But we all know that contrast (although needed) is not the only influential factor when making a choice about colors. Mood and personal preference is also important. Color speaks to us in many ways. It even has the ability of connecting with our other senses – smell, touch, taste, and even our memories.

I felt split between my final choice shown here and the dark-violet/light yellow combo. Both color combinations posses similar qualities, but the blue-green/warm yellow combination feels warmer and more inviting to my senses.

Something to consider is that if the figure-ground relationship or scale was different, then these color combinations will most likely convey a different look and feel to the color version of the ligature abstract.

Please write with questions, comments, or constructive criticism. I would love some feedback.

Project Ligature

I have found that designing with type can be difficult for a beginner, even though I’ve used type for most of my life. There are so many letter combination possibilities for ligatures, but only a few are visually pleasing as a free standing form.

I chose the combination of lowercase “a” and lowercase “k”, because the ligature is well grounded, balanced, and has an open form. Also, the visual result from the fusion of “a” and “k”, is, to my eye, beautiful.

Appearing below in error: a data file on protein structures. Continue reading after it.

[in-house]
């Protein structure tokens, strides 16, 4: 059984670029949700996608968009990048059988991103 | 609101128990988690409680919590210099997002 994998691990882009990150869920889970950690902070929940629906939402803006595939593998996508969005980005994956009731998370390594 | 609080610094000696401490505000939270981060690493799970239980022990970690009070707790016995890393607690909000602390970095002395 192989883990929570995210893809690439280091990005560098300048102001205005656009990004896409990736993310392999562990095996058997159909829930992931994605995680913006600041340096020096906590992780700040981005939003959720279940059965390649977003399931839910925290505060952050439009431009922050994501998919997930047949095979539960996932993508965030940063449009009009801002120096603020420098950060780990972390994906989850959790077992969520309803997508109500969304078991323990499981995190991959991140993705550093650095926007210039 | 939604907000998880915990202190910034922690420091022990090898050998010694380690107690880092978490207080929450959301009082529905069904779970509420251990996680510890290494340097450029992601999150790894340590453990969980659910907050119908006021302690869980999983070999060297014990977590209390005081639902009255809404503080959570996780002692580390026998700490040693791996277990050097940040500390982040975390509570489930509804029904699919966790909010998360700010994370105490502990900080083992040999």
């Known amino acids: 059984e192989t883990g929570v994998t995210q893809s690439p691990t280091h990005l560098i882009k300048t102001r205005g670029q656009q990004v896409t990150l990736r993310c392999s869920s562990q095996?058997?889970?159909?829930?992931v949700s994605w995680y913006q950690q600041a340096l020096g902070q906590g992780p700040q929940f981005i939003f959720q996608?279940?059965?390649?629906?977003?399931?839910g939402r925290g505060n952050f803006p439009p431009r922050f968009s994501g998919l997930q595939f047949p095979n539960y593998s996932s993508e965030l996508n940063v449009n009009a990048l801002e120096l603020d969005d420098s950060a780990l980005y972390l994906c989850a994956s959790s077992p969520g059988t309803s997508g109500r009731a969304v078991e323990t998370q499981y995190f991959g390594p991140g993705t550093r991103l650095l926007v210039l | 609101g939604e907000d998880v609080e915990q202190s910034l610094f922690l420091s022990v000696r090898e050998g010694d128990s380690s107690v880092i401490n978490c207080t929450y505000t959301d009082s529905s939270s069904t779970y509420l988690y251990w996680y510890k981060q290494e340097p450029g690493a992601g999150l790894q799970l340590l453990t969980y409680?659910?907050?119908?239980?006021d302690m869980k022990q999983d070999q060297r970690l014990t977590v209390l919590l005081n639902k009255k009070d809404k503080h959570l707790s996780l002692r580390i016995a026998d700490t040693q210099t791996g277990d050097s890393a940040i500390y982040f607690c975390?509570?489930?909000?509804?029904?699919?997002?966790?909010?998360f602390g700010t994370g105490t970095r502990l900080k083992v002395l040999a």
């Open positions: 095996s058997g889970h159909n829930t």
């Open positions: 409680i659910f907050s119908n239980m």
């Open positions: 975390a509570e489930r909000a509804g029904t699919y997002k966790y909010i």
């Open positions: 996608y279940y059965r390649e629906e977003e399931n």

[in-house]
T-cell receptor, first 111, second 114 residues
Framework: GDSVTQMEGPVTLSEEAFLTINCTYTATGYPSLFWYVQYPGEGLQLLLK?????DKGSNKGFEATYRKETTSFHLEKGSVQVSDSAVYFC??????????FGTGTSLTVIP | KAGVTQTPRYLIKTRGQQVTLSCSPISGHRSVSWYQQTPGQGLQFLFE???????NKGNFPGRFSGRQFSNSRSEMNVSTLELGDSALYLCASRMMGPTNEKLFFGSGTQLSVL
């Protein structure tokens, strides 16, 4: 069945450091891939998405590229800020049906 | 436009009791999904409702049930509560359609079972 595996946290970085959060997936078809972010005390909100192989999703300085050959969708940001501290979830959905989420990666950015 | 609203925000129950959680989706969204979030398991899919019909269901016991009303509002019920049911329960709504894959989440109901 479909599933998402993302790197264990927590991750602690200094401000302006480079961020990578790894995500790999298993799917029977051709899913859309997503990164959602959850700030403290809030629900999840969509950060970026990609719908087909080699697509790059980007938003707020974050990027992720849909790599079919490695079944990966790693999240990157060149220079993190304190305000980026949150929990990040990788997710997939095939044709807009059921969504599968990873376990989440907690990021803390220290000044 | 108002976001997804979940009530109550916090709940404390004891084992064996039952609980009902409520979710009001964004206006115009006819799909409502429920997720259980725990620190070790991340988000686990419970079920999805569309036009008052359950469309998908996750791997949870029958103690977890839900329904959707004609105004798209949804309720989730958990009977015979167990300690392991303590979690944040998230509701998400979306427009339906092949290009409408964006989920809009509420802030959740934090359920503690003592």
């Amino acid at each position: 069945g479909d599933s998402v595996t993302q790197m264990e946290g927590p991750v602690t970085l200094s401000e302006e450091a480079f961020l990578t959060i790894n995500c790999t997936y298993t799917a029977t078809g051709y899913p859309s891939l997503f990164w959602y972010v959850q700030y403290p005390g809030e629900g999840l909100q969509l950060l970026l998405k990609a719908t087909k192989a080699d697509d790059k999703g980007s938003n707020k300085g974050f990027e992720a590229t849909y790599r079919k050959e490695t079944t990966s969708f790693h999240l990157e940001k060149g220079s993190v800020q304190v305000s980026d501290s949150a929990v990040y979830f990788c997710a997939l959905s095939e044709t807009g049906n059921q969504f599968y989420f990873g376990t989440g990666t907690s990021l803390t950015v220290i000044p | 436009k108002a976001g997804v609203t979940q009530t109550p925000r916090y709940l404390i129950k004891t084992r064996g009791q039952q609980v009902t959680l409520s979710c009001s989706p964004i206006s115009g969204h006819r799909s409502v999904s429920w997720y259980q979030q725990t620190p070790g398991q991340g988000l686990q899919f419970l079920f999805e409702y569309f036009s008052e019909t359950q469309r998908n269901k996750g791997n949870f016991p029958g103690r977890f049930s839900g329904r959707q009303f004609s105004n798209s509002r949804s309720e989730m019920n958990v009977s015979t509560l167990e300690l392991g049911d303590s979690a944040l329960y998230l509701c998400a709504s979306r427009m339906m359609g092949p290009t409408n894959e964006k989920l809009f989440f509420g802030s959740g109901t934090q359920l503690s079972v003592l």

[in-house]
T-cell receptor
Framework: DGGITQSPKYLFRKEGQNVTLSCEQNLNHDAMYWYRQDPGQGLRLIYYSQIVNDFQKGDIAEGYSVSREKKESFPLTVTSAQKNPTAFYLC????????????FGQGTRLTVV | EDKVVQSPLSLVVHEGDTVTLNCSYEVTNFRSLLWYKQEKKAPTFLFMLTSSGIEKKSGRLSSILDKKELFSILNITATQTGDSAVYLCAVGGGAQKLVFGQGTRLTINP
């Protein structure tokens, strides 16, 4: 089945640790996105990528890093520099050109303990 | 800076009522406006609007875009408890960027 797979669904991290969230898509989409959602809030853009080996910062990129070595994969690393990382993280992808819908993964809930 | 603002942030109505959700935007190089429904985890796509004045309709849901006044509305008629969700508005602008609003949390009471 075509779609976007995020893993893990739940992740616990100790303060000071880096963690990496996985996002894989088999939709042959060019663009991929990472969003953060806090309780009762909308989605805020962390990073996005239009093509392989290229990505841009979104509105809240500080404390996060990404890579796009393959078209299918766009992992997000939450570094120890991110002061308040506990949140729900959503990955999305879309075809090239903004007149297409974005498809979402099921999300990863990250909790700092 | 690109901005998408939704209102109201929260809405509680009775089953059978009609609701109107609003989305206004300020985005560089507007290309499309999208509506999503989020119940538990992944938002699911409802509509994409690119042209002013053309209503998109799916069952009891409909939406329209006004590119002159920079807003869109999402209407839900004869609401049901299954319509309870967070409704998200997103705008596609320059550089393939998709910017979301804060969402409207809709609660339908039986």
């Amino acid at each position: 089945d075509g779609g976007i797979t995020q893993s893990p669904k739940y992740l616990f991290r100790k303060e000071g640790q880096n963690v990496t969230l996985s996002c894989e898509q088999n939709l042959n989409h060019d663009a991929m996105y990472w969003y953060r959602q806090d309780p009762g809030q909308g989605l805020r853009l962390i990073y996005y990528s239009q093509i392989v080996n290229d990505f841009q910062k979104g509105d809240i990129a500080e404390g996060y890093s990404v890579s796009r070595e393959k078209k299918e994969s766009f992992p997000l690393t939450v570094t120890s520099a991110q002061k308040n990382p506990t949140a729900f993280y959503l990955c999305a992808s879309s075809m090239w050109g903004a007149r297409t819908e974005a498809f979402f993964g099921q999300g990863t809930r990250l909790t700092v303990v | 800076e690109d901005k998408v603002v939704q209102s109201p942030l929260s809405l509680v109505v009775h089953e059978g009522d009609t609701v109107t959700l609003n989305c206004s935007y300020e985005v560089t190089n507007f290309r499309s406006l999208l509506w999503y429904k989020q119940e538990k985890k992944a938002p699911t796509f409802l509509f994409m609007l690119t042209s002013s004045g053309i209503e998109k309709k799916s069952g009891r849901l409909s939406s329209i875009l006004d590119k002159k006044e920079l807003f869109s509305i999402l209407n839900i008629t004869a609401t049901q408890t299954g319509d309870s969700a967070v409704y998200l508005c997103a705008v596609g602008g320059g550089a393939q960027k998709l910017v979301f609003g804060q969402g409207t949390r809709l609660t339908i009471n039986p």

I created versions of this ligature with three fonts: Univers, Bodoni, and Garamond. The fonts Bodoni and Universe worked better than Garamont, because they provided a better relationship between the letters’ stems and serifs (the serifs in Bodoni). In other words, Univers and Bodoni helped the letters fit together in a better way.

Once I narrowed my choices to the final two fonts, it became a question of personal taste. Both the Universe and the Bodoni ligatures are well-crafted and posses strong design principles, such as balance and unity. I chose the Bodoni font because I enjoy the positive and negative space created by the terminals and serifs. The sans serif, straight edge outline of the Universe ligature has a modern, minimalistic, and sharp look, which was not my preference for this particular project.

Keeping in mind that this project involves the creation of a ligature and the composition of an abstract piece from the ligature, my decision for a final font was also influenced by my experimentation with abstract compositions from both Universe and Bodoni. Universe, unlike Bodoni, did not allow for as many successful abstract compositions.

As I mentioned above, I had a few choices for strong abstract compositions in both fonts. I chose my final one based on my preference for curved lines and for fewer divisions of space in the provided parameters.